Nefarious Laboratories also discovered Apple devices connect to every few seconds, relaying Safari and Spotlight search suggestions to Apple - even when users disable those features. They're essentially keyloggers. Apple devices also connect to for DNS requests, bypassing your local network settings. This means every domain you visit, e.g., is sent unencrypted over the internet to Apple.

Apple recently announced plans to hand control of Chinese customers' data to a state-run firm in China, raising further questions about how it handles private user data at home and abroad. With proposed legislation designed to open data to all levels of law enforcement, privacy advocates are especially concerned.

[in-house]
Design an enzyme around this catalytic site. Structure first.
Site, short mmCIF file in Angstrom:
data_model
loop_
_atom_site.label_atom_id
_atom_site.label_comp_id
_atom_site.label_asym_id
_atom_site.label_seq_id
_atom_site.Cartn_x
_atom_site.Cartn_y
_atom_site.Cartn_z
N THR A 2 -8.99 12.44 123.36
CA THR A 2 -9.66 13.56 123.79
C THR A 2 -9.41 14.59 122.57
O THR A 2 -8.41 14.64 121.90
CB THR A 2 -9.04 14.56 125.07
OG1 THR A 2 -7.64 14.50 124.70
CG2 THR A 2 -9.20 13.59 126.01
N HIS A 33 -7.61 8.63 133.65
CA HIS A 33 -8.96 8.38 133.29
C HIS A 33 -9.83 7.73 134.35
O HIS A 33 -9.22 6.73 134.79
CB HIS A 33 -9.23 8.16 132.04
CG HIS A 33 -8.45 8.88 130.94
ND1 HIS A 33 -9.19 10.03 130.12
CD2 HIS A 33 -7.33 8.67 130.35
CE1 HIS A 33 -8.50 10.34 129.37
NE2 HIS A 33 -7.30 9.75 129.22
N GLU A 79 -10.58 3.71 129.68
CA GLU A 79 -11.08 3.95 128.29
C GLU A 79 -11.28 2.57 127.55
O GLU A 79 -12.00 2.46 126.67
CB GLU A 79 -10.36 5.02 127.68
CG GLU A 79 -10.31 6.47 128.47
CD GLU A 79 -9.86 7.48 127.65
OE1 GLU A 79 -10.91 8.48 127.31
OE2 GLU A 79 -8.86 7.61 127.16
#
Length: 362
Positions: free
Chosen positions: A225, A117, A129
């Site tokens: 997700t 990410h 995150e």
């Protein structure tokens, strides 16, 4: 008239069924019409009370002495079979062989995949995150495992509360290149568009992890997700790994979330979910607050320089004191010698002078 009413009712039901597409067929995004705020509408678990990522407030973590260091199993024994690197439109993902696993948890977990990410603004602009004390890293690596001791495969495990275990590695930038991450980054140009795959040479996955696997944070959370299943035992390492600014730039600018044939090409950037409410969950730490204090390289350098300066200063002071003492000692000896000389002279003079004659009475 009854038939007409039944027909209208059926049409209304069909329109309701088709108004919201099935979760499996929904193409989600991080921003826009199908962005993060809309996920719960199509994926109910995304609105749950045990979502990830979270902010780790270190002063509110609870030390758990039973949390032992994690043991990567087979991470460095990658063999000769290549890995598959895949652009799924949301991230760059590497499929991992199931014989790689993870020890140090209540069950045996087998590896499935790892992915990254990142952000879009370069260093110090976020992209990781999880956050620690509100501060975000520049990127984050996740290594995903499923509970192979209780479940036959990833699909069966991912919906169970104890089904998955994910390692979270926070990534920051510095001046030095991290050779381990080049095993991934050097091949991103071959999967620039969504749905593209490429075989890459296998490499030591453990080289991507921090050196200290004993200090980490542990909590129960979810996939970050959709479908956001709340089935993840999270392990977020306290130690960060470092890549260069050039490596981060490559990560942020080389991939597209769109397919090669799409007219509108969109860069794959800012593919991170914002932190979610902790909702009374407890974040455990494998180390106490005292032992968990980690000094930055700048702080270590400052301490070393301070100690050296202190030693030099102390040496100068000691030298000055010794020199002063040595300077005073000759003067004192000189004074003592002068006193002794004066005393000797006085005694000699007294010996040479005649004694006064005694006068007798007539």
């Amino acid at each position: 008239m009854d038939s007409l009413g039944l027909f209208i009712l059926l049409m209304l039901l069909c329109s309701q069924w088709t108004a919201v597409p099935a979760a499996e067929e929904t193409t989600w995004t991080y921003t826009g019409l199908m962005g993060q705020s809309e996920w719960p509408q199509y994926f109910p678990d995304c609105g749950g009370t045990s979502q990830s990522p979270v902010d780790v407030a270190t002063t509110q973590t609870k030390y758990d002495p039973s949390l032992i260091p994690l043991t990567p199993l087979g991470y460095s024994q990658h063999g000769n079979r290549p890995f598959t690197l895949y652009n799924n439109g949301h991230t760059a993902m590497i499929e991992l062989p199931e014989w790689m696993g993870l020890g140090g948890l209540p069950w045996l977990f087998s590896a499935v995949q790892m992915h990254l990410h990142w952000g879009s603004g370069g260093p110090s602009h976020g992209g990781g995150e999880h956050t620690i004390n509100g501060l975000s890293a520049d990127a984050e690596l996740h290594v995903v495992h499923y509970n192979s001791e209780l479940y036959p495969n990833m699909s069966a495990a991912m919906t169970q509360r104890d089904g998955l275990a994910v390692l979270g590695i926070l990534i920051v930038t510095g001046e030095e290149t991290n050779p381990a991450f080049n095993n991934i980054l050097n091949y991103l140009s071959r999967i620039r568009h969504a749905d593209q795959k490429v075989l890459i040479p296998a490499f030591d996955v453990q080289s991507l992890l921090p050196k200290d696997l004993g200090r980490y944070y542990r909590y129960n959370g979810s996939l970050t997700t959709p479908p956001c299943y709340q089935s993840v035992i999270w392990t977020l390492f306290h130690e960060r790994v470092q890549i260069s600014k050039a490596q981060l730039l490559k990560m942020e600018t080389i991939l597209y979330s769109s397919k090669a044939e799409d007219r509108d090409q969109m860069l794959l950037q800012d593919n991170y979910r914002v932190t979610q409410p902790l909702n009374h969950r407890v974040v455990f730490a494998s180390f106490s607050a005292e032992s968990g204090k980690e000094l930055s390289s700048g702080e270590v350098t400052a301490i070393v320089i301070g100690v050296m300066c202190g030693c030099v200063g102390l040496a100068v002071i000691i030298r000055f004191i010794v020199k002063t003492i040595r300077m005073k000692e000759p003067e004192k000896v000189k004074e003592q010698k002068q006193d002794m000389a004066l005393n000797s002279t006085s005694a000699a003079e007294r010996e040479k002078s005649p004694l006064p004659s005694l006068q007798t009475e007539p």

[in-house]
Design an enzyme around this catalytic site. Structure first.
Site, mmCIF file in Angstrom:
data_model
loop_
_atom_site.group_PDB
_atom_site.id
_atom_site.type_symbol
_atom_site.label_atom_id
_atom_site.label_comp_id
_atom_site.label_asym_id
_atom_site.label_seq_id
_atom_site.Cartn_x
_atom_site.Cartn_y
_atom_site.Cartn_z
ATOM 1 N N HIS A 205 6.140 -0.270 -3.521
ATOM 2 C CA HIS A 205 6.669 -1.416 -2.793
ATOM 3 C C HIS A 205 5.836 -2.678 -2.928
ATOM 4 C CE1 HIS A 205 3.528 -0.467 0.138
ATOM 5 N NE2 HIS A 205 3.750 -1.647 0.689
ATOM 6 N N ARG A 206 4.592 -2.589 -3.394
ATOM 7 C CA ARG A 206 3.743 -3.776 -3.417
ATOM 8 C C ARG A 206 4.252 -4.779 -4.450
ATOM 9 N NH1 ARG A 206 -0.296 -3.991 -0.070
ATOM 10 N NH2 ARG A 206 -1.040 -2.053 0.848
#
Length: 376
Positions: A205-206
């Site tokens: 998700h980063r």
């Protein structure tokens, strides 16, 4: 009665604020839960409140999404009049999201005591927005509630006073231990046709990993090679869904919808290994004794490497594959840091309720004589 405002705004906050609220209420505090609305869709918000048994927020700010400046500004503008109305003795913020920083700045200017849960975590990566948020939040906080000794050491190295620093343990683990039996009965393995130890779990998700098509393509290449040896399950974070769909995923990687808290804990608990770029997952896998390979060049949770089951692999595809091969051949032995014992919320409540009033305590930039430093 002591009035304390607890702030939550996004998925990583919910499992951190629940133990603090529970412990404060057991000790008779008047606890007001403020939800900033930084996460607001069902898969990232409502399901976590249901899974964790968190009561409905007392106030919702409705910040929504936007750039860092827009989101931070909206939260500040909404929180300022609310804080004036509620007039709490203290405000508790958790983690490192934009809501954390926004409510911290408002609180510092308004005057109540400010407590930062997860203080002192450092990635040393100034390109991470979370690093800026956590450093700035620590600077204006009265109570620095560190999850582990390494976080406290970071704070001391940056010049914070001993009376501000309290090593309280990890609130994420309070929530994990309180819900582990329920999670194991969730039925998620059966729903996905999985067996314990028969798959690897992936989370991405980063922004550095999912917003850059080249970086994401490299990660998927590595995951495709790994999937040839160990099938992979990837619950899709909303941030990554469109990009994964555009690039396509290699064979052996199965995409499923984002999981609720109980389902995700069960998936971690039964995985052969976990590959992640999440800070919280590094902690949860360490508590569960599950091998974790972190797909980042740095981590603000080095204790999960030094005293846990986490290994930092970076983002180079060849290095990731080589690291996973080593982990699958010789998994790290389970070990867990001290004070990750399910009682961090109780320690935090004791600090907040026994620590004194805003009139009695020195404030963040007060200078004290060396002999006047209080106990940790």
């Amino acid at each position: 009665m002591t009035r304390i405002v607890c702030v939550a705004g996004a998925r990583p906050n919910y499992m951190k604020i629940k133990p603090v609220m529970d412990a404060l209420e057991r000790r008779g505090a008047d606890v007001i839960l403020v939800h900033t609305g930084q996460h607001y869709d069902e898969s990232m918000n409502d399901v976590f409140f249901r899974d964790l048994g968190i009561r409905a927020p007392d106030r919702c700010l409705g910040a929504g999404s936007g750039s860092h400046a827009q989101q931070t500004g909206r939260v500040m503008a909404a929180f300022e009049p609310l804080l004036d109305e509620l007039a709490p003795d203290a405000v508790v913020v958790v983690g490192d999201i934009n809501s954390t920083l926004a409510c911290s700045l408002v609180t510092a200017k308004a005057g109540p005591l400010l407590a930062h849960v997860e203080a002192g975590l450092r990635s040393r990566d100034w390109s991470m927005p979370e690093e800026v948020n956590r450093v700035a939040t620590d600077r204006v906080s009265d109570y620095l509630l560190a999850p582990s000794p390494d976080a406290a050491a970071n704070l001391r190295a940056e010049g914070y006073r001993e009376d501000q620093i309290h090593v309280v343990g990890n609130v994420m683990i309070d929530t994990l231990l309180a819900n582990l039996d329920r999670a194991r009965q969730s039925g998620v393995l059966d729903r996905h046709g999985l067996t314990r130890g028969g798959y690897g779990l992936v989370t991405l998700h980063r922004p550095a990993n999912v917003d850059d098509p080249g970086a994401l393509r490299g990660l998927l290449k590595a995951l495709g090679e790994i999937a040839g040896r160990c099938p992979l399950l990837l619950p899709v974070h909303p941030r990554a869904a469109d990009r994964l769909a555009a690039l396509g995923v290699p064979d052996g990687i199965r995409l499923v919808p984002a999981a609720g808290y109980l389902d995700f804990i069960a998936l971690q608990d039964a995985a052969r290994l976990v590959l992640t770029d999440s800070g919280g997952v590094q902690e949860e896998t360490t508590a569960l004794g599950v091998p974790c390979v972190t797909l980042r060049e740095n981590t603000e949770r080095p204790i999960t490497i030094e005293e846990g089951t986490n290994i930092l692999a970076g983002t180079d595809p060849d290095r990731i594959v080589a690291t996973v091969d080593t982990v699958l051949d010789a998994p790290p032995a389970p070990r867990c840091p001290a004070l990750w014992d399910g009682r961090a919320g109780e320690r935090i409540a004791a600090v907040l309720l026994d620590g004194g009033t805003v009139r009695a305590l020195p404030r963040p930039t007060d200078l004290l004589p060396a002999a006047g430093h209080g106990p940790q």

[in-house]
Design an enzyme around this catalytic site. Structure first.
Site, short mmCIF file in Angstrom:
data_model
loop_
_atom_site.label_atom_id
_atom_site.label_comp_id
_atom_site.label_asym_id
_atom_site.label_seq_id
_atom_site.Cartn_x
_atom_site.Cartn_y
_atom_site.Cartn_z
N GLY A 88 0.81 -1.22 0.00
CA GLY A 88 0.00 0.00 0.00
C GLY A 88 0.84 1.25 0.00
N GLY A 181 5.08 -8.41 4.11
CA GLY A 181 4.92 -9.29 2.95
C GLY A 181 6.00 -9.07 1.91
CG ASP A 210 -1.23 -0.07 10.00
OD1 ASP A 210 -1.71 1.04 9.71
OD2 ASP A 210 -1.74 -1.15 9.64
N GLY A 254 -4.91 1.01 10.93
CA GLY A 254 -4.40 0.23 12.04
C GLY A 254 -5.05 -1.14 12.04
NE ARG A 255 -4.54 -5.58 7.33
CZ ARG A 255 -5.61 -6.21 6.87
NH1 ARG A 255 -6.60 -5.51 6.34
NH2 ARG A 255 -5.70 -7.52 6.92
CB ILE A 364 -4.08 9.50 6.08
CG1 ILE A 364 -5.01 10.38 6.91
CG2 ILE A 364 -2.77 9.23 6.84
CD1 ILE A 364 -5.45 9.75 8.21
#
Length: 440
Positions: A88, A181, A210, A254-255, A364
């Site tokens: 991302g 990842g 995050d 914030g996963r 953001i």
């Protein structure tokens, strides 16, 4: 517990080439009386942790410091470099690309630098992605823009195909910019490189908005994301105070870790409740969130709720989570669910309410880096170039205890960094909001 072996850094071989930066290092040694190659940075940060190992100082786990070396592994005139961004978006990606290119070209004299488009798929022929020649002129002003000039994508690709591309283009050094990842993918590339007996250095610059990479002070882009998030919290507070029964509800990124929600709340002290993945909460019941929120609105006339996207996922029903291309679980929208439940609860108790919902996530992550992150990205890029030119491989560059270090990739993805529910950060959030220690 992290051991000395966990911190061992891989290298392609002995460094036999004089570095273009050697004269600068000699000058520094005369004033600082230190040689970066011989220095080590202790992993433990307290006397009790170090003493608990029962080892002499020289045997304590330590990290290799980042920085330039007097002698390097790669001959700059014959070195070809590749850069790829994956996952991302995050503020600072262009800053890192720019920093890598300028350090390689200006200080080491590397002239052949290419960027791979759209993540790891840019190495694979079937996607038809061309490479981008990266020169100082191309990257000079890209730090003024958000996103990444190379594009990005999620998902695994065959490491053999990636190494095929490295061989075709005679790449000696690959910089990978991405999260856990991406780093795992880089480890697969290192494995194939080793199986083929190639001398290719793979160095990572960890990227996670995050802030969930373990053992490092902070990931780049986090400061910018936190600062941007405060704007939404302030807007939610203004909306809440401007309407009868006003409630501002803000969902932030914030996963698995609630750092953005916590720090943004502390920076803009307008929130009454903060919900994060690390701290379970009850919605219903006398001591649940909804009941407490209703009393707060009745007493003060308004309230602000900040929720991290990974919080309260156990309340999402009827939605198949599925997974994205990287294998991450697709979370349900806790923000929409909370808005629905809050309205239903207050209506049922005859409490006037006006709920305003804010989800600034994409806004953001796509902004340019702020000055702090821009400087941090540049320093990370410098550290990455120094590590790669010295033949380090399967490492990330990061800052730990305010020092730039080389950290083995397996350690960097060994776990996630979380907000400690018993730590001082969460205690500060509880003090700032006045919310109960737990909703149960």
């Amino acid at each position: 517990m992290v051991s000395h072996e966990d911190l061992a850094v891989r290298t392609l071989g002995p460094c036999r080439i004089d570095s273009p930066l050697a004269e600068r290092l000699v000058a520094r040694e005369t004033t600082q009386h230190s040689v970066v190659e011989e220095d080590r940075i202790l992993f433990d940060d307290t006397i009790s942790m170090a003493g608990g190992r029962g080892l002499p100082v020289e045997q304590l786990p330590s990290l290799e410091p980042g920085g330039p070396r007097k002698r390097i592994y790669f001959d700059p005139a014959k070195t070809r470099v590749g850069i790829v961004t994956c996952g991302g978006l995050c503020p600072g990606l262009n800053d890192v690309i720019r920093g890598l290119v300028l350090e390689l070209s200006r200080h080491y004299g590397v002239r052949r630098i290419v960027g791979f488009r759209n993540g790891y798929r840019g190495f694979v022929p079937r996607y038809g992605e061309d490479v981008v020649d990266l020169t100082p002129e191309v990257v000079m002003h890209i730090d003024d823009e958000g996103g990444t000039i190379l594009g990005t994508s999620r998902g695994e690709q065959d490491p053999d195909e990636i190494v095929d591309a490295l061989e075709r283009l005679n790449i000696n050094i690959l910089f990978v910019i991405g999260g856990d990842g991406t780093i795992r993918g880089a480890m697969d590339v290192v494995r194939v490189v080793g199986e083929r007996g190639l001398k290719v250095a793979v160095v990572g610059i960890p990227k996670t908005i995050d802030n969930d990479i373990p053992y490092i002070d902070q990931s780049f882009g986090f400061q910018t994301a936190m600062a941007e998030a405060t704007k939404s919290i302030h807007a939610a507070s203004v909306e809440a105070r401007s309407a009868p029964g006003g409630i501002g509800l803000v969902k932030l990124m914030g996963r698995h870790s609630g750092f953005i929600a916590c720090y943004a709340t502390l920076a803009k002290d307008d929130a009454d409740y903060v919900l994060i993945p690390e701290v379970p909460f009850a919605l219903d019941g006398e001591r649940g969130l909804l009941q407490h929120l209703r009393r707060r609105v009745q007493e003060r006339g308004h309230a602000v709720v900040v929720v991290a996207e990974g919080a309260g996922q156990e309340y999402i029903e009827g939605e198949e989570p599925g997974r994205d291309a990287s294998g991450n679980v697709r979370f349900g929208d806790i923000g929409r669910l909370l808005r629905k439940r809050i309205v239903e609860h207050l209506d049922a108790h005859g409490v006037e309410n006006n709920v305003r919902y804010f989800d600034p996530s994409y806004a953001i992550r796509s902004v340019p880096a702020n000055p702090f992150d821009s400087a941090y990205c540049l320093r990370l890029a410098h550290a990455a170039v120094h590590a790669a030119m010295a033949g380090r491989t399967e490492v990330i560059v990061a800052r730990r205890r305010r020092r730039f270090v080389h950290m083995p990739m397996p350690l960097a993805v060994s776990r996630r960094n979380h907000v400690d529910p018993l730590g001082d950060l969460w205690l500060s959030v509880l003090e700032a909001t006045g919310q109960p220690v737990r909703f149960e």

He's Dead, Jim

Do I regret living in Apple's ecosystem for almost two decades? Not at all. Apple once possessed an intangible magic which reflected their quirky, niche audience (artists, musicians, and software developers) who built their creative legacies by looking at the world sideways. But that magic is gone, leaving behind a rotten apple core. The company now spends its time chasing the Chinese market, building campuses fit for megalomaniacs, sacrificing privacy for convenience, and ignoring the pleas of its once loyal fan base. Die fetten jahre sind vorbei: The good times are over.

Published January 20, 2018

Update June 20, 2018

Quentin Carnicelli, founder of MacOS software development firm Rogue Amoeba, has publicly slammed the "sad state" of Apple's hardware lineup, which has been deteriorating for years.